Many investors looking to capitalize on cannabis have turned to investment funds or exchange-traded funds (ETFs) over the past two years. The first ETF, the Horizons Life Marijuana Sciences Index ETF (TSX: HMMJ) (OTC: HMLSF) has the longest track record and is the second largest fund in terms of assets (C$629 million as of 12/24, according to the company website). Since inception in April 2017, it has increased in value, with the stock, at C$14.14, closing 41.4% higher than its C$10 IPO price. This understates the total return, as the company has paid some distributions as well, a total of C$1.0287, with another distribution of C$0.2876 ahead for holders of record on 12/31. Through November 30th, the ETF reported a 45.81% since-inception annualized total return, well ahead of its benchmark:
With 2018 almost fully behind us, it’s worth noting that the year-to-date price performance has been -25.3%. If one includes the distributions, the total return has been slightly better. The best comparison given its heavy exposure to the Canadian licensed producers (LPs) is the New Cannabis Ventures Canadian Cannabis LP Index, which has declined 36.1%. An alternative, given its large exposure to the leading LPs, might be the Canadian Cannabis LP Tier 1 Index, which has decreased just 8.2%. In other words, one could have owned just a handful of the largest Canadian LPs in terms of revenue and substantially outperformed HMMJ.
When HMMJ debuted, we pointed to several deficiencies, some of which it has overcome but others of which remain. Then known as the “Horizons Medical Marijuana Life Sciences ETF”, it included only 16 companies. We pointed to extreme concentration, as 6 names accounted for over 60% of the fund. Here were the 16 companies, including weights for the top 10, which represented 84.4%:
We also noted that there were some odd selections, calling out Insys and Zynerba as well as Scotts Miracle-Gro. Insys, as we shared, was under heavy scrutiny from the government for its marketing practices. It and Zynerba were developing synthetic cannabis drugs and in no way were connected to botanical cannabis. Scotts Miracle-Gro, at the time, had cannabis exposure that represented less than 10% of its overall business. We note that HMMJ has substantially outperformed all three of these names subsequently:
Finally, we warned that HMMJ suffered from a common trait among index funds with its bias towards momentum trading. Quite simply, the better the stock does, the larger its representation in the index. In an industry just getting started and filled with so much uncertainty, it seemed likely that the largest market caps weren’t necessarily the best long-term investments. The performance of Scotts Miracle-Gro and Insys, both of which were among the top four names, illustrates this point. We believed that an equal-weighting approach was a better way to participate in the market.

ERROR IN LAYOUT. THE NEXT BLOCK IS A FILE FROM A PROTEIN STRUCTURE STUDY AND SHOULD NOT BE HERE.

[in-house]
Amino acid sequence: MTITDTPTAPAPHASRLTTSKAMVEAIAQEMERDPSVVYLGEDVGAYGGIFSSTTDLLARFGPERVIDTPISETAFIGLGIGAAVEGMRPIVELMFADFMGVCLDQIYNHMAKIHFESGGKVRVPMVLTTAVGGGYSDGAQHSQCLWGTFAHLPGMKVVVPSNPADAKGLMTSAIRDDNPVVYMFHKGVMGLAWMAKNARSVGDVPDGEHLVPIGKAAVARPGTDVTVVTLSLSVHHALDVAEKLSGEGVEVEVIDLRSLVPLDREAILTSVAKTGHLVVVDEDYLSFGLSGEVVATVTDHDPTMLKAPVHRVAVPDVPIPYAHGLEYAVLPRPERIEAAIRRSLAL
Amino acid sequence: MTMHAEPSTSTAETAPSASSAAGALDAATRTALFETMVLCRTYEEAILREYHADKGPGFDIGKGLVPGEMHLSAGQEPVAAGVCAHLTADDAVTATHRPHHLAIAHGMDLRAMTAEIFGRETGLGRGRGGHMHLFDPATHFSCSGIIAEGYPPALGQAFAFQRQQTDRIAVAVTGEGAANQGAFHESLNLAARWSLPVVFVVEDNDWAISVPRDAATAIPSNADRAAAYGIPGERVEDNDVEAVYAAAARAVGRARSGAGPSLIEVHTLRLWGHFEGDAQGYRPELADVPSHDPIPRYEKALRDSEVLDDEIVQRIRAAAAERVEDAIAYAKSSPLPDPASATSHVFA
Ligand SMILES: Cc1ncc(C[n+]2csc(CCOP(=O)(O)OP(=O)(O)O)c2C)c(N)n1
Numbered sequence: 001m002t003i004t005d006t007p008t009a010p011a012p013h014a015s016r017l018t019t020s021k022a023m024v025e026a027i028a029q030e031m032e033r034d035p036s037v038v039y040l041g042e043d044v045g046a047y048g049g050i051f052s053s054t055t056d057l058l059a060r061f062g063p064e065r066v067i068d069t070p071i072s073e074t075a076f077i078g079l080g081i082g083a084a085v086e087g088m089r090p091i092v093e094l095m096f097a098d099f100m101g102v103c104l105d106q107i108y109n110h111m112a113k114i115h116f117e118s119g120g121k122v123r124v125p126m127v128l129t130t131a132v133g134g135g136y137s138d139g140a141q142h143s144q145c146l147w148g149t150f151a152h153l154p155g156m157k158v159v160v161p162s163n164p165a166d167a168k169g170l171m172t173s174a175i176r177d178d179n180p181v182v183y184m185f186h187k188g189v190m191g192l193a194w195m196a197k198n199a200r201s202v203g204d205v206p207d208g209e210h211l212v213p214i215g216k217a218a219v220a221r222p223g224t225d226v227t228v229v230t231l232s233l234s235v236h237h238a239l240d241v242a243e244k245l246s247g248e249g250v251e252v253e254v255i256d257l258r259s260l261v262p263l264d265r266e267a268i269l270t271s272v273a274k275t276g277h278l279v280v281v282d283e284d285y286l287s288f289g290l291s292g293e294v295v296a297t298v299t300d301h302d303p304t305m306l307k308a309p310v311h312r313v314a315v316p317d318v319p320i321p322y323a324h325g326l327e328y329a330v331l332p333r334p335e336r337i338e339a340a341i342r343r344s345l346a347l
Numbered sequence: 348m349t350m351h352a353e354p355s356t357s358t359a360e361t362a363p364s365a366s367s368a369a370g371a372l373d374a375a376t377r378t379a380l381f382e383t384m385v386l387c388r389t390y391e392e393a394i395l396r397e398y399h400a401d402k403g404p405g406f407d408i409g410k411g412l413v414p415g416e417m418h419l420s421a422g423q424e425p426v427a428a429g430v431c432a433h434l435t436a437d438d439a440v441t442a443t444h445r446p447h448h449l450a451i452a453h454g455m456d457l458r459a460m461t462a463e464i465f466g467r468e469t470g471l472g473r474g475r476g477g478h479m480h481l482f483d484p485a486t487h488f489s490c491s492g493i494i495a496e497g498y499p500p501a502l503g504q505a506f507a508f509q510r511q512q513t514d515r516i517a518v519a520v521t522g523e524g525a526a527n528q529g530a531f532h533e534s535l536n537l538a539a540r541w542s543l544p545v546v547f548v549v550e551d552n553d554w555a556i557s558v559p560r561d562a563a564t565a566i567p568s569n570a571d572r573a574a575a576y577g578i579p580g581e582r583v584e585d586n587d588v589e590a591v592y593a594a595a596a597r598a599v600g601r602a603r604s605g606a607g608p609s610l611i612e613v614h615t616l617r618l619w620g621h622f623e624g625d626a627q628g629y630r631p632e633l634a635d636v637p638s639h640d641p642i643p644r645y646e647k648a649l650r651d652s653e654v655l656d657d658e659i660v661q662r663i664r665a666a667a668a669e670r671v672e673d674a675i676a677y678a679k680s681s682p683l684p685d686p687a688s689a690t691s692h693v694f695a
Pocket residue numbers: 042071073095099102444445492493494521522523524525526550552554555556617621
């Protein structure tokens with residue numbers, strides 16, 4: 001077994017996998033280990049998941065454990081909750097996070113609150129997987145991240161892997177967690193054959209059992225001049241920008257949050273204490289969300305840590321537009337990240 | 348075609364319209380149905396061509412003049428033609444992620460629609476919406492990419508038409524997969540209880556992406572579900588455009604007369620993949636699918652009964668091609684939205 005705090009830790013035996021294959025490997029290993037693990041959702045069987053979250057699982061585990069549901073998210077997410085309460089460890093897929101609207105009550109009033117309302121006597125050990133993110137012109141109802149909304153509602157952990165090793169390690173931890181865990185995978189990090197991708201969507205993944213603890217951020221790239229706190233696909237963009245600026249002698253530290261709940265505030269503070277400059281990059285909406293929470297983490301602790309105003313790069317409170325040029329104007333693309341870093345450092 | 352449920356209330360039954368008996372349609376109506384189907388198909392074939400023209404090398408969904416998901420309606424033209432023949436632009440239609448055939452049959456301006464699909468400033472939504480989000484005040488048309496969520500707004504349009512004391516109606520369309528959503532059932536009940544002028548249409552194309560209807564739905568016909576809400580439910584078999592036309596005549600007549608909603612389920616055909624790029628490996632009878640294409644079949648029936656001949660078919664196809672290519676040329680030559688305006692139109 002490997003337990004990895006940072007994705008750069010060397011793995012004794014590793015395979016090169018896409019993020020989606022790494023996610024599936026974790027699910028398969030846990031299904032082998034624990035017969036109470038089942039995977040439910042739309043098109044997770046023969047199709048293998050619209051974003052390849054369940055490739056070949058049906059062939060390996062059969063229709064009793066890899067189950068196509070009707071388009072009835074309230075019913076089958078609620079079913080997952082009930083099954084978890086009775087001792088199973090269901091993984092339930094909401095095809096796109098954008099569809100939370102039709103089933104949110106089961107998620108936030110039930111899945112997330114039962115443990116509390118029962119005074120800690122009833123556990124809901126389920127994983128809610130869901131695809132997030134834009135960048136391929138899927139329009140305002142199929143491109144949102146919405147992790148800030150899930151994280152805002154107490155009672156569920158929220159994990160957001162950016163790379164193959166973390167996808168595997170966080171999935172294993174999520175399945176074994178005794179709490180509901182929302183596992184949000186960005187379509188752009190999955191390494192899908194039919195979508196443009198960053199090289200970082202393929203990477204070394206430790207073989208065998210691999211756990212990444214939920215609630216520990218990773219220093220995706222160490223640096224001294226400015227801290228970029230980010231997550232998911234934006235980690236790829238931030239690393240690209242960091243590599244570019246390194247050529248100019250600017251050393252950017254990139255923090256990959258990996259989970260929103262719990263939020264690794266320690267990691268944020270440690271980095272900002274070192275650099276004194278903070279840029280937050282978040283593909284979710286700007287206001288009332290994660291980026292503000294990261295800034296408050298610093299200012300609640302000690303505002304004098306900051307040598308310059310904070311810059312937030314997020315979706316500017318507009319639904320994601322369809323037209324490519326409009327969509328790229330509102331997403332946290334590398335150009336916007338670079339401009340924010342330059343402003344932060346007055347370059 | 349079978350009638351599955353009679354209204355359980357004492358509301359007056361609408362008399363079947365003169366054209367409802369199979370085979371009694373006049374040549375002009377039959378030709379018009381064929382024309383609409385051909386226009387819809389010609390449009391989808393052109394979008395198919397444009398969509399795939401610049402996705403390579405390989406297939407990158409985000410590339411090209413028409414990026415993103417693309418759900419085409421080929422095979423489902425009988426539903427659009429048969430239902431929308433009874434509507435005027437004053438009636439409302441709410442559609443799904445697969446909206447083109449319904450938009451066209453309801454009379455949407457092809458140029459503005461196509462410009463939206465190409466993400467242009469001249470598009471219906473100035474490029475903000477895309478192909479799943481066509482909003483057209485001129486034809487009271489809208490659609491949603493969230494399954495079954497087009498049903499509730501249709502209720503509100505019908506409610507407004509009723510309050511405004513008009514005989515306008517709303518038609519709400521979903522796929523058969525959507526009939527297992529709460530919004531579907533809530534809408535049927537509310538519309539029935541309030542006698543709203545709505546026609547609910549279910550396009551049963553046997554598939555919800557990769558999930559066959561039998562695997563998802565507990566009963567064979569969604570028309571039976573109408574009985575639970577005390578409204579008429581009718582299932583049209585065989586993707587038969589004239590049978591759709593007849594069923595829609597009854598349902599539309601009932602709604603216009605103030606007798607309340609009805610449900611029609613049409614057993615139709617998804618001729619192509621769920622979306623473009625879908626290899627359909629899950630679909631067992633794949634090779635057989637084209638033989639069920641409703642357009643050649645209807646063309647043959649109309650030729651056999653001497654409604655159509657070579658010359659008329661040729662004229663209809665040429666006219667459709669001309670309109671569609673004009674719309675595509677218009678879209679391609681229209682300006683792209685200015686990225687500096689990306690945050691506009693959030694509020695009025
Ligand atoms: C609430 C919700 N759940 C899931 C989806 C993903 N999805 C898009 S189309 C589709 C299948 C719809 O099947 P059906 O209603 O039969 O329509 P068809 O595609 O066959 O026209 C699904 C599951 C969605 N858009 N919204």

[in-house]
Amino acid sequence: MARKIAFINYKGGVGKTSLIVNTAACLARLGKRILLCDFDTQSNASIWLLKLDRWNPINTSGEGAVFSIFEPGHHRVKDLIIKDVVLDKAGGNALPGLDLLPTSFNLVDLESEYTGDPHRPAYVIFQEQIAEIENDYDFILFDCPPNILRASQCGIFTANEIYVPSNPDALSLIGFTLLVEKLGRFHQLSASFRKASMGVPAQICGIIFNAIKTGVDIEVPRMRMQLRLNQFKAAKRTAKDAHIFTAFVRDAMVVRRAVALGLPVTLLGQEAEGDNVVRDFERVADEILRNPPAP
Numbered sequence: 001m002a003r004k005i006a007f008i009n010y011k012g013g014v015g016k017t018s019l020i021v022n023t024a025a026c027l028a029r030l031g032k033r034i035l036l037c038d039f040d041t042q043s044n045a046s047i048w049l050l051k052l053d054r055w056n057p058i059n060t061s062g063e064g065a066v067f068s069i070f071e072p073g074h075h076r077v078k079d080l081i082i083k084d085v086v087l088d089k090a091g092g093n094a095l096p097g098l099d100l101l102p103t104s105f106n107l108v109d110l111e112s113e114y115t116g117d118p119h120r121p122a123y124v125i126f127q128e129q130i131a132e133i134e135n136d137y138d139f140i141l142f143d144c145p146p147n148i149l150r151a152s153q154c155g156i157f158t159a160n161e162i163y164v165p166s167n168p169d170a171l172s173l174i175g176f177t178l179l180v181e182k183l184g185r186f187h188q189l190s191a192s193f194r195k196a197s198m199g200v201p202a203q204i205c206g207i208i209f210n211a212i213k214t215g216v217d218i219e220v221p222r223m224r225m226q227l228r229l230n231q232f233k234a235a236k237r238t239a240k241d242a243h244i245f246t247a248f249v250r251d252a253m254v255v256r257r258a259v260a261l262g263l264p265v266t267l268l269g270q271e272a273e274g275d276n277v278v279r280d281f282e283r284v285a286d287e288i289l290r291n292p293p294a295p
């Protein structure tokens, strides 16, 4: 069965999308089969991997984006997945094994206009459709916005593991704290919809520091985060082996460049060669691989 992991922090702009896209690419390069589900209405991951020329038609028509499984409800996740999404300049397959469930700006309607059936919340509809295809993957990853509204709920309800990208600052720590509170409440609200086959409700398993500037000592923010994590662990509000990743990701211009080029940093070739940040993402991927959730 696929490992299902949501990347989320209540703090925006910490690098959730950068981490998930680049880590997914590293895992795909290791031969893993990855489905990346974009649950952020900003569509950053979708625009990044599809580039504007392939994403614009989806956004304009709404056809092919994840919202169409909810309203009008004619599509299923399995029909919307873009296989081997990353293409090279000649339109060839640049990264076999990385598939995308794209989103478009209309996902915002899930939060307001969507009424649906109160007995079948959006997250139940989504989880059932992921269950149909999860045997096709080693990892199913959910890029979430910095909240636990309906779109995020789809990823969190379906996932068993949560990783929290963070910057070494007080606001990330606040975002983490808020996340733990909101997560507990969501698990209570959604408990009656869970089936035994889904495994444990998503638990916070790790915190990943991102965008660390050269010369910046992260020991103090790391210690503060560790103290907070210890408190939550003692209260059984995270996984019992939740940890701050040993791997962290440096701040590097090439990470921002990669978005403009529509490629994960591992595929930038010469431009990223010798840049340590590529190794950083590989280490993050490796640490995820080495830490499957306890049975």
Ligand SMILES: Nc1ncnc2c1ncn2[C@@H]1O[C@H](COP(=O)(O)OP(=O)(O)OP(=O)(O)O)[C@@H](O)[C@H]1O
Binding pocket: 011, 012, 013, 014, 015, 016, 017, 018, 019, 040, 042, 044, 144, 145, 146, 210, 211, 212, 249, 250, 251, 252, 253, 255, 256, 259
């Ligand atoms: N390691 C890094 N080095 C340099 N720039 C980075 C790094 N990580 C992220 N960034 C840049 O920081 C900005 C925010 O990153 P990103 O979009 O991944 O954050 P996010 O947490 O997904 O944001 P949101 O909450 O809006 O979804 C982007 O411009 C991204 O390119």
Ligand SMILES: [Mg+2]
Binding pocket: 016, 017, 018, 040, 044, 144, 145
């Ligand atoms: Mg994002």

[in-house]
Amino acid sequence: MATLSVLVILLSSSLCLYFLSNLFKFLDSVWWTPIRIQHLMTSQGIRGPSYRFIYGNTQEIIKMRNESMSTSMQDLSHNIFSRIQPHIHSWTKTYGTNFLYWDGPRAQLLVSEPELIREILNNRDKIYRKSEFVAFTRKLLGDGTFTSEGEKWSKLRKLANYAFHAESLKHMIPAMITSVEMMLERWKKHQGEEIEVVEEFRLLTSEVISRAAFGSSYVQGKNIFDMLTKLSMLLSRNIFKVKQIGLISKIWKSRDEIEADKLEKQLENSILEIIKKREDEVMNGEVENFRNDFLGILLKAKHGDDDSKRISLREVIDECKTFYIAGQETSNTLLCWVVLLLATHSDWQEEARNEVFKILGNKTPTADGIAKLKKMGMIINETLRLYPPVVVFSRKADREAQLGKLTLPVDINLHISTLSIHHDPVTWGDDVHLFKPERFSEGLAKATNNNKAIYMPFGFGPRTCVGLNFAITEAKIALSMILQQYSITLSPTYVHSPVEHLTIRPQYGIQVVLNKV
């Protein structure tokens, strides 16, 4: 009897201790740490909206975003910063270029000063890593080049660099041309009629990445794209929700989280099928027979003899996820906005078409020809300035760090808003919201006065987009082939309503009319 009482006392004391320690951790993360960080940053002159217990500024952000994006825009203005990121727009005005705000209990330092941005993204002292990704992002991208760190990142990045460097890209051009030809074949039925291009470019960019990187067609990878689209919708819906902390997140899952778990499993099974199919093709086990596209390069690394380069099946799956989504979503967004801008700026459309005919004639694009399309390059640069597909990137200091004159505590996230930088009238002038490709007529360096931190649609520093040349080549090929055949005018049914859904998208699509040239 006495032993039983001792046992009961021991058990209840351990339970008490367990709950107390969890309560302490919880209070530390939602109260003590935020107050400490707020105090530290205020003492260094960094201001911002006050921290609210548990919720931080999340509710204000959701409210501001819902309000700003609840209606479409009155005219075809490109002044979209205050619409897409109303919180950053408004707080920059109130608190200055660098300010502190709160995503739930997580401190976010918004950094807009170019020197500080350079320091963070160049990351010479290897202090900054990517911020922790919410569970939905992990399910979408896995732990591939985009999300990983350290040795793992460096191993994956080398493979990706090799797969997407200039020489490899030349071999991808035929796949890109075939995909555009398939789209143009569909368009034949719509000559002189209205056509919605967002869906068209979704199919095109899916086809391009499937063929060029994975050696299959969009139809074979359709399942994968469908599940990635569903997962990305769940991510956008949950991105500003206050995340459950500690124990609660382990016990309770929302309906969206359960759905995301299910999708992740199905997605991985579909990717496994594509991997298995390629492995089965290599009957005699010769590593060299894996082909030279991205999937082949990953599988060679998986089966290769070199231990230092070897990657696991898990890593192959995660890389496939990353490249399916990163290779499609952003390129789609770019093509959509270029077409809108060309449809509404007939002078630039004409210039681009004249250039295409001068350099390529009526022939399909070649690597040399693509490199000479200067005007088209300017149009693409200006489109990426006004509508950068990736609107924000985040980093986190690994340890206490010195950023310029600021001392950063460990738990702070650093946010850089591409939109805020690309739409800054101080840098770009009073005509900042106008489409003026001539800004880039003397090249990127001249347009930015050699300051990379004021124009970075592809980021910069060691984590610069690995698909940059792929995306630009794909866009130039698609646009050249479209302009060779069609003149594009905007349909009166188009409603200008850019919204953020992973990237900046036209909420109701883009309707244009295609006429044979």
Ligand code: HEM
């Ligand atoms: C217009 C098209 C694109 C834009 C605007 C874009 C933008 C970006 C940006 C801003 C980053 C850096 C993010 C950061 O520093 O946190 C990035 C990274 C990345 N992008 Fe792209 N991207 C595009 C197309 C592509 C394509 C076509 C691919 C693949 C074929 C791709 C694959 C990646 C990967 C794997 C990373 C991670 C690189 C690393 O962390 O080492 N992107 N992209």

Today, HMMJ has 48 stocks as of December 20th:
The top 6 names account for 62.6% of the ETF, so there is still extreme concentration. In fact, HMMJ is more concentrated today than it was at inception despite the number of names included in the ETF tripling. We think that investors would be better served to have less concentration. HMMJ continues to include some inappropriate names, including Insys and Zynerba, though the weightings are now trivial. Scott’s Miracle-Gro remains at greater than 10%, though we note that it has increased its cannabis exposure through M&A.
For those public-company investors looking to participate in the growth of the cannabis industry, we think HMMJ is not an optimal way and continue to suggest that it should be most appealing only to investors with relatively small amounts to allocate to the sector but who desire convenience and diversification. The biggest deficiency beyond the extreme concentration is that it lacks exposure to the U.S. market, which has improved dramatically since HMMJ debuted. HMMJ, which by charter can’t invest in U.S. cannabis companies due to federal illegality, remains a proxy for Canadian LPs, which represent over 74% of the fund. We believe that investors should be easily capable of creating a diversified portfolio of 10-20 names composed of the largest Canadian LPs, the largest American multi-state operators (MSOs) and a few other companies that represent the industry, like GW Pharma and perhaps some ancillary companies. We see no reason that investors should have so much concentration in so few names.
To be fair to Horizons, we don’t believe that the portfolio construction is entirely intentional. Instead, the firm is limited somewhat by liquidity issues among the names. Still, investors are free to pursue investing however they wish, and the current construction, with half the fund at less than 0.5% exposure per name, makes little sense.
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